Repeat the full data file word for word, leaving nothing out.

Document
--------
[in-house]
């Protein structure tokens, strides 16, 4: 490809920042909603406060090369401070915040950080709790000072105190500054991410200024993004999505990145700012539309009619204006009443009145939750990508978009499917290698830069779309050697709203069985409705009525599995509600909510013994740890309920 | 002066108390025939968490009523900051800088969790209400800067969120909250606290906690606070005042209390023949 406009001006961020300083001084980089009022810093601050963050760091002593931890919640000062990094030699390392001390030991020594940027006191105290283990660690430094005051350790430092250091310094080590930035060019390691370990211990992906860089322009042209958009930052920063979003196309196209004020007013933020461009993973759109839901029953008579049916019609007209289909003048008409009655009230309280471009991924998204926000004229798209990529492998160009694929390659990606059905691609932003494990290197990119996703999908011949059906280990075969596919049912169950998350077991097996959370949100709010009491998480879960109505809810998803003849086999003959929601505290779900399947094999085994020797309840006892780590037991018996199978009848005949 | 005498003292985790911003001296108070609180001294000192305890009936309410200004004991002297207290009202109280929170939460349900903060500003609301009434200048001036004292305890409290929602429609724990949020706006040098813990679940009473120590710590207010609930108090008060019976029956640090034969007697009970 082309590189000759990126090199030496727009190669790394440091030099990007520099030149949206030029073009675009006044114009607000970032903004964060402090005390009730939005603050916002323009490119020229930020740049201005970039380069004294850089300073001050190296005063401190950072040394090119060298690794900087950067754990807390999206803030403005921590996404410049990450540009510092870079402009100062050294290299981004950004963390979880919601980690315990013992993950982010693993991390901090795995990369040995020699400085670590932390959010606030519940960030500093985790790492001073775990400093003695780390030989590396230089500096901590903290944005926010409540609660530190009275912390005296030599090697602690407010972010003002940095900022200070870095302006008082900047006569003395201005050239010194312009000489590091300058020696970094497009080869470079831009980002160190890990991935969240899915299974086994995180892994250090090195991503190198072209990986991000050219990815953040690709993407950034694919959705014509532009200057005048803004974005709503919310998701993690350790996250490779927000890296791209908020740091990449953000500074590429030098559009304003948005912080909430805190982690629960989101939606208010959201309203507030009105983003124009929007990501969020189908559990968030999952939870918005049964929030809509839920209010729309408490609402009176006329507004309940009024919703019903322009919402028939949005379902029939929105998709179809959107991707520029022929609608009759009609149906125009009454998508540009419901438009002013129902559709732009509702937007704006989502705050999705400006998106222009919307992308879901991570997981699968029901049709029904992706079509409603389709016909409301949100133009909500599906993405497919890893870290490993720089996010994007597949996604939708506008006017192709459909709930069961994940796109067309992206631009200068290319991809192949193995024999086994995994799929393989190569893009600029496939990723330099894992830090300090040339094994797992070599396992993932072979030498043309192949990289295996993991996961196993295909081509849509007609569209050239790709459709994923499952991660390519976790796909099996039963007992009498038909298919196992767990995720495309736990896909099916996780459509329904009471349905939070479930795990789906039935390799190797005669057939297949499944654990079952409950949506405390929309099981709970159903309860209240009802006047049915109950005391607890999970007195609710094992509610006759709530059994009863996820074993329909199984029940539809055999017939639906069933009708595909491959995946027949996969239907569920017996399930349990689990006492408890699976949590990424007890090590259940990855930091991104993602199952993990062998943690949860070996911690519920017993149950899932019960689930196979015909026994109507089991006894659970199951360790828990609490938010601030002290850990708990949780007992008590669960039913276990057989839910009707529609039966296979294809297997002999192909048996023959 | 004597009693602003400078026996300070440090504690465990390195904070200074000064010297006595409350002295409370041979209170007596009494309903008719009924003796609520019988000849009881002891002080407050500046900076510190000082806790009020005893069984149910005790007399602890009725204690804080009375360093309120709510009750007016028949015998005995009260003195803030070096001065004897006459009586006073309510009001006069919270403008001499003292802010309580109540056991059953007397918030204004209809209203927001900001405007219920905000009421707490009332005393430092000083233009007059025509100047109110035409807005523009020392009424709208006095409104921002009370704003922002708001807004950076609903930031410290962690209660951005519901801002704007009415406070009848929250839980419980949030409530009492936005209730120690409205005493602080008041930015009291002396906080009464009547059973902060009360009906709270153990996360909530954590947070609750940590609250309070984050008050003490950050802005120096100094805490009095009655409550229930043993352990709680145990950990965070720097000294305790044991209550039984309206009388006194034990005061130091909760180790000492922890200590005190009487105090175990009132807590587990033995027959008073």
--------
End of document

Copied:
[in-house]
């Protein structure tokens, strides 16, 4: 490809920042909603406060090369401070915040950080709790000072105190500054991410200024993004999505990145700012539309009619204006009443009145939750990508978009499917290698830069779309050697709203069985409705009525599995509600909510013994740890309920 | 002066108390025939968490009523900051800088969790209400800067969120909250606290906690606070005042209390023949 406009001006961020300083001084980089009022810093601050963050760091002593931890919640000062990094030699390392001390030991020594940027006191105290283990660690430094005051350790430092250091310094080590930035060019390691370990211990992906860089322009042209958009930052920063979003196309196209004020007013933020461009993973759109839901029953008579049916019609007209289909003048008409009655009230309280471009991924998204926000004229798209990529492998160009694929390659990606059905691609932003494990290197990119996703999908011949059906280990075969596919049912169950998350077991097996959370949100709010009491998480879960109505809810998803003849086999003959929601505290779900399947094999085994020797309840006892780590037991018996199978009848005949 | 005498003292985790911003001296108070609180001294000192305890009936309410200004004991002297207290009202109280929170939460349900903060500003609301009434200048001036004292305890409290929602429609724990949020706006040098813990679940009473120590710590207010609930108090008060019976029956640090034969007697009970 082309590189000759990126090199030496727009190669790394440091030099990007520099030149949206030029073009675009006044114009607000970032903004964060402090005390009730939005603050916002323009490119020229930020740049201005970039380069004294850089300073001050190296005063401190950072040394090119060298690794900087950067754990807390999206803030403005921590996404410049990450540009510092870079402009100062050294290299981004950004963390979880919601980690315990013992993950982010693993991390901090795995990369040995020699400085670590932390959010606030519940960030500093985790790492001073775990400093003695780390030989590396230089500096901590903290944005926010409540609660530190009275912390005296030599090697602690407010972010003002940095900022200070870095302006008082900047006569003395201005050239010194312009000489590091300058020696970094497009080869470079831009980002160190890990991935969240899915299974086994995180892994250090090195991503190198072209990986991000050219990815953040690709993407950034694919959705014509532009200057005048803004974005709503919310998701993690350790996250490779927000890296791209908020740091990449953000500074590429030098559009304003948005912080909430805190982690629960989101939606208010959201309203507030009105983003124009929007990501969020189908559990968030999952939870918005049964929030809509839920209010729309408490609402009176006329507004309940009024919703019903322009919402028939949005379902029939929105998709179809959107991707520029022929609608009759009609149906125009009454998508540009419901438009002013129902559709732009509702937007704006989502705050999705400006998106222009919307992308879901991570997981699968029901049709029904992706079509409603389709016909409301949100133009909500599906993405497919890893870290490993720089996010994007597949996604939708506008006017192709459909709930069961994940796109067309992206631009200068290319991809192949193995024999086994995994799929393989190569893009600029496939990723330099894992830090300090040339094994797992070599396992993932072979030498043309192949990289295996993991996961196993295909081509849509007609569209050239790709459709994923499952991660390519976790796909099996039963007992009498038909298919196992767990995720495309736990896909099916996780459509329904009471349905939070479930795990789906039935390799190797005669057939297949499944654990079952409950949506405390929309099981709970159903309860209240009802006047049915109950005391607890999970007195609710094992509610006759709530059994009863996820074993329909199984029940539809055999017939639906069933009708595909491959995946027949996969239907569920017996399930349990689990006492408890699976949590990424007890090590259940990855930091991104993602199952993990062998943690949860070996911690519920017993149950899932019960689930196979015909026994109507089991006894659970199951360790828990609490938010601030002290850990708990949780007992008590669960039913276990057989839910009707529609039966296979294809297997002999192909048996023959 | 004597009693602003400078026996300070440090504690465990390195904070200074000064010297006595409350002295409370041979209170007596009494309903008719009924003796609520019988000849009881002891002080407050500046900076510190000082806790009020005893069984149910005790007399602890009725204690804080009375360093309120709510009750007016028949015998005995009260003195803030070096001065004897006459009586006073309510009001006069919270403008001499003292802010309580109540056991059953007397918030204004209809209203927001900001405007219920905000009421707490009332005393430092000083233009007059025509100047109110035409807005523009020392009424709208006095409104921002009370704003922002708001807004950076609903930031410290962690209660951005519901801002704007009415406070009848929250839980419980949030409530009492936005209730120690409205005493602080008041930015009291002396906080009464009547059973902060009360009906709270153990996360909530954590947070609750940590609250309070984050008050003490950050802005120096100094805490009095009655409550229930043993352990709680145990950990965070720097000294305790044991209550039984309206009388006194034990005061130091909760180790000492922890200590005190009487105090175990009132807590587990033995027959008073």